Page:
What Good is NASA? | Josh Bolinger
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In Economics, Tech by Josh Bolinger | March 1, 2013

Josh Bolinger onWhat Good is NASA?

Just what good is a space program?

There are really two ways to answer that question. One way to answer that question is to talk about the good our space program has already done, the other way is to say we don’t actually know yet what good it will do, and that’s exactly the point.

Okay, let’s look at what we already have. The technology from our space program helped win the cold war, and defeat the Soviet Union, which was a genuine danger to the peace of the world for most of the last century. Not only did the technology created to land a man on the moon help us build better weapons to defend our country and our allies, it also convinced the Soviets that if we could hit the backside of the moon with a vehicle, we could certainly hit their military installations with a missile. And belief that we were capable of building a space-based weapons system is what caused them to finally spend themselves into bankruptcy and retreat from Europe.

And in the post-cold-war era, the technology that we developed to go out into space has produced the internet, home computers, and hand held telephones that can call almost anywhere on the planet, answer virtually any question we ask them, and help us navigate from one place to another almost without thinking about it.

So, we already have an entire economy built around the advancements of the space program and advanced research.

But, no one knew any of this was coming. When man set foot on the moon, Walter Cronkite didn’t tell the world “Look at those footprints! This is one giant step towards pocket phones and electronic mail!”

Because that is the larger point of research into areas of knowledge that we don’t fully understand. We don’t know what we are going to discover.

That’s why it’s called discovery.

Even Columbus had no idea what he was really going to find when he set out. But I think it was worth the trip.

4 thoughts on “What Good is NASA?”

  1. hank says:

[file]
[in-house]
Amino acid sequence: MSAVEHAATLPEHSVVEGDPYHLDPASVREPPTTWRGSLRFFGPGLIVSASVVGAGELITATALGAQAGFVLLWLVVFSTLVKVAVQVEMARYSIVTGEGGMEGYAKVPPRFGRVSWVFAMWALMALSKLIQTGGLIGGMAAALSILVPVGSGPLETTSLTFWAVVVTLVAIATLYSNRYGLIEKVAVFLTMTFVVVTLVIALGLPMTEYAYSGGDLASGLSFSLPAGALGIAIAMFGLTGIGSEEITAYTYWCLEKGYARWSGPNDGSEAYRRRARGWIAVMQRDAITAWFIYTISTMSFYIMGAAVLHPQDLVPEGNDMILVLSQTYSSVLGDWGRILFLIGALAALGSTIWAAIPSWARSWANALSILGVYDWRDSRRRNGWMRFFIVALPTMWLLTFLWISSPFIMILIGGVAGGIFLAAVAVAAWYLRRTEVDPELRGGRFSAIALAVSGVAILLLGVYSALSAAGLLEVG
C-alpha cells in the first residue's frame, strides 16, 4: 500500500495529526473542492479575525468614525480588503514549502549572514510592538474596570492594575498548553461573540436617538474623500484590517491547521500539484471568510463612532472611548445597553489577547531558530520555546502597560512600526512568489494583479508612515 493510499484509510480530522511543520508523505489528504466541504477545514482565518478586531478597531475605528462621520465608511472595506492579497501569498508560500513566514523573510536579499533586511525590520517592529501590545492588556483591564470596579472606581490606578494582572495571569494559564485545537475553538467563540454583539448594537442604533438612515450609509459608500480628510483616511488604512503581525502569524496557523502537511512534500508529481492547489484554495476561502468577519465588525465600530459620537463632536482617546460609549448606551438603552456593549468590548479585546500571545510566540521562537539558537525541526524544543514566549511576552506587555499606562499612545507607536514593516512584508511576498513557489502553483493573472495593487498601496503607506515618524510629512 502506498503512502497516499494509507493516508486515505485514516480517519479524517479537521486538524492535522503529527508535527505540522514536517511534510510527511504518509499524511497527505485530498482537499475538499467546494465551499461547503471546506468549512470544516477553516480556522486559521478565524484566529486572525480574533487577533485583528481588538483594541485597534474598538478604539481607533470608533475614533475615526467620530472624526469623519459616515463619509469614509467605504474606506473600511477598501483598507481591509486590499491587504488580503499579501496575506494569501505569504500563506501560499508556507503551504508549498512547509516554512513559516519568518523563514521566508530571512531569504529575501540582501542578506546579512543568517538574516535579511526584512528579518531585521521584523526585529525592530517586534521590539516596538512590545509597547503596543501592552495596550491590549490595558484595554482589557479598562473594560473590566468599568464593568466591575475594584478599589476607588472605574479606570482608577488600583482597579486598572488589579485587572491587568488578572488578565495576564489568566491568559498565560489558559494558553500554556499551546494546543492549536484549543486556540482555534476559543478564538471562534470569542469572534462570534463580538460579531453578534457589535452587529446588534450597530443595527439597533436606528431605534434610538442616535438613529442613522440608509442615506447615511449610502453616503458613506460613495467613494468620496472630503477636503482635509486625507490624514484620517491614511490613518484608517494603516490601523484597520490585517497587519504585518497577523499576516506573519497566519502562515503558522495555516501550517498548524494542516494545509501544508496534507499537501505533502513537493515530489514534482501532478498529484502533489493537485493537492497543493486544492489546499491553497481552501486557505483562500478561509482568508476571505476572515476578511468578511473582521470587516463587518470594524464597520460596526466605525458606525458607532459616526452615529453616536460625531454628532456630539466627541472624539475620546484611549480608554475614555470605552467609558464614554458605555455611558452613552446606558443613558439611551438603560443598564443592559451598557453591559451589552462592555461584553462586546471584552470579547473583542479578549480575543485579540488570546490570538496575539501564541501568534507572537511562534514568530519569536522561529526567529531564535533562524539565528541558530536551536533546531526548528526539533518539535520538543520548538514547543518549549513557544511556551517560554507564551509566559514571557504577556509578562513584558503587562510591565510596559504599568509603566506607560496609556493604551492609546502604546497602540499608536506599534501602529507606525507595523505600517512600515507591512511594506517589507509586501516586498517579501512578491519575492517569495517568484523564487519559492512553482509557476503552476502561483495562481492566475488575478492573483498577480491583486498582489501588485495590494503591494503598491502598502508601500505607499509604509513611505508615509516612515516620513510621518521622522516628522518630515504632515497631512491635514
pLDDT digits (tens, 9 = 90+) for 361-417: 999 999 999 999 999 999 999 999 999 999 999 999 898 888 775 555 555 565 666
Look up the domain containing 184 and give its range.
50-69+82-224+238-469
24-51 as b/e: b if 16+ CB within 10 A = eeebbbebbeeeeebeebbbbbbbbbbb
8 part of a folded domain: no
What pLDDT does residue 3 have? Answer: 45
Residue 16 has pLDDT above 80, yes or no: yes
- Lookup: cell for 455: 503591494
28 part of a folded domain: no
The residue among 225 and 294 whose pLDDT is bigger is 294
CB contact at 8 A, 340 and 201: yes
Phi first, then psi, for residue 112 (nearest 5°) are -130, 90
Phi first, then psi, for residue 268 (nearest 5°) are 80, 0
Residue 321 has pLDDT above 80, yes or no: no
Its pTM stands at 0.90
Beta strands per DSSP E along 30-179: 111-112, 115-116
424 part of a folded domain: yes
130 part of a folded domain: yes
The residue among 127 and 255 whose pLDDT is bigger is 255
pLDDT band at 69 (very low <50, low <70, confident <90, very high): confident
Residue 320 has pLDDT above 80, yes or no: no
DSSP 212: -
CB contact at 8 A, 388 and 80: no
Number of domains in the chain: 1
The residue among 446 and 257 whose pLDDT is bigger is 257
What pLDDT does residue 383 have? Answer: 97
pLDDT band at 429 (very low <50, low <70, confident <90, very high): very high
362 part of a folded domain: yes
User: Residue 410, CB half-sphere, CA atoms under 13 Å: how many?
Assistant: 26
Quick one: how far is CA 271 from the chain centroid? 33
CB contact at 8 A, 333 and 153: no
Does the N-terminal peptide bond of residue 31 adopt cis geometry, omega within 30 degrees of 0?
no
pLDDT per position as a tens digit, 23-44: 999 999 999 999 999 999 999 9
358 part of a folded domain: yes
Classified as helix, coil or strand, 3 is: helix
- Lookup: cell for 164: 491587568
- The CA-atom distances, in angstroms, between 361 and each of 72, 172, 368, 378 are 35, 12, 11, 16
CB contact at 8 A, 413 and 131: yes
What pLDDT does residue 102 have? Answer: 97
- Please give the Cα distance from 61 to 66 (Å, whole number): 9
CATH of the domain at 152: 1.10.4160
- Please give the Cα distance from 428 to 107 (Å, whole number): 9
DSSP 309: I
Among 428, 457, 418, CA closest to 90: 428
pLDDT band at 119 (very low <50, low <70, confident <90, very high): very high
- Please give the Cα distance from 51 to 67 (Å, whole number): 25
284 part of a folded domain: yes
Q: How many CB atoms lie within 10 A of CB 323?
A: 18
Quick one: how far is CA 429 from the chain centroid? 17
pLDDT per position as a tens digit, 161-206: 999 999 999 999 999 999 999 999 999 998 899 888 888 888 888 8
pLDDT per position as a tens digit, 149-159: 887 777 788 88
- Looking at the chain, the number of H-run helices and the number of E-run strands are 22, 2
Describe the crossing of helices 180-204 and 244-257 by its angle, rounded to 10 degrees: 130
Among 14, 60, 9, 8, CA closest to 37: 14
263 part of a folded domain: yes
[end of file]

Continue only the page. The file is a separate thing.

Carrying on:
I think our national space program has been a tool to further the careers of various government officials. The privateers are the true space pioneers and my money is on them to help us gain an advantage in the universe, not just here on our own planet.

  2. ben says:

    I grew up watching the space launches and they don’t seem to get as much fanfare anymore. I wonder if that’s because it has become so routine or if society doesn’t really care any more.

  3. Allen says:

    The difference between our space program and Columbus is that we have farther to go and it has been scientifically proven. Columbus didn’t know how far his travels would take him, but we do. We can see what’s out there and we know what we can do and what we can’t. Our space program has a long way to go if it is going to find anything new out there and our governments should make that happen sooner than later.

  4. um no says:

    One of the things that pisses me off about this whole subject, is everytime you see an article on the newsfeeds about the space program, there is some dick in the comments going “we have people starving on earth! we shouldn’t go into space until we fix this planet, look how may people you could feed for the cost of the space station!”

    First, how come nobody ever says that about us starting a war? How come no one ever says, hey look how many people we could feed for the cost of an aircraft carrier? Or how about a basketball player? You read these articles about basketball players getting paid a hundred million dollars, and there’s never some guy in the comments whining about how we should feed starving people before we waste all that money on a guy who chases a little ball around for a living.

    Second, there will always be at least some poor and hungry people on the planet. If that’s your standard, we’ll all be stuck here till the water runs out.

    Third, I’m pretty sure all of the Irish who fled the mass starvation in the Potato Famine were pretty glad there was a new world to migrate to, where there was food.

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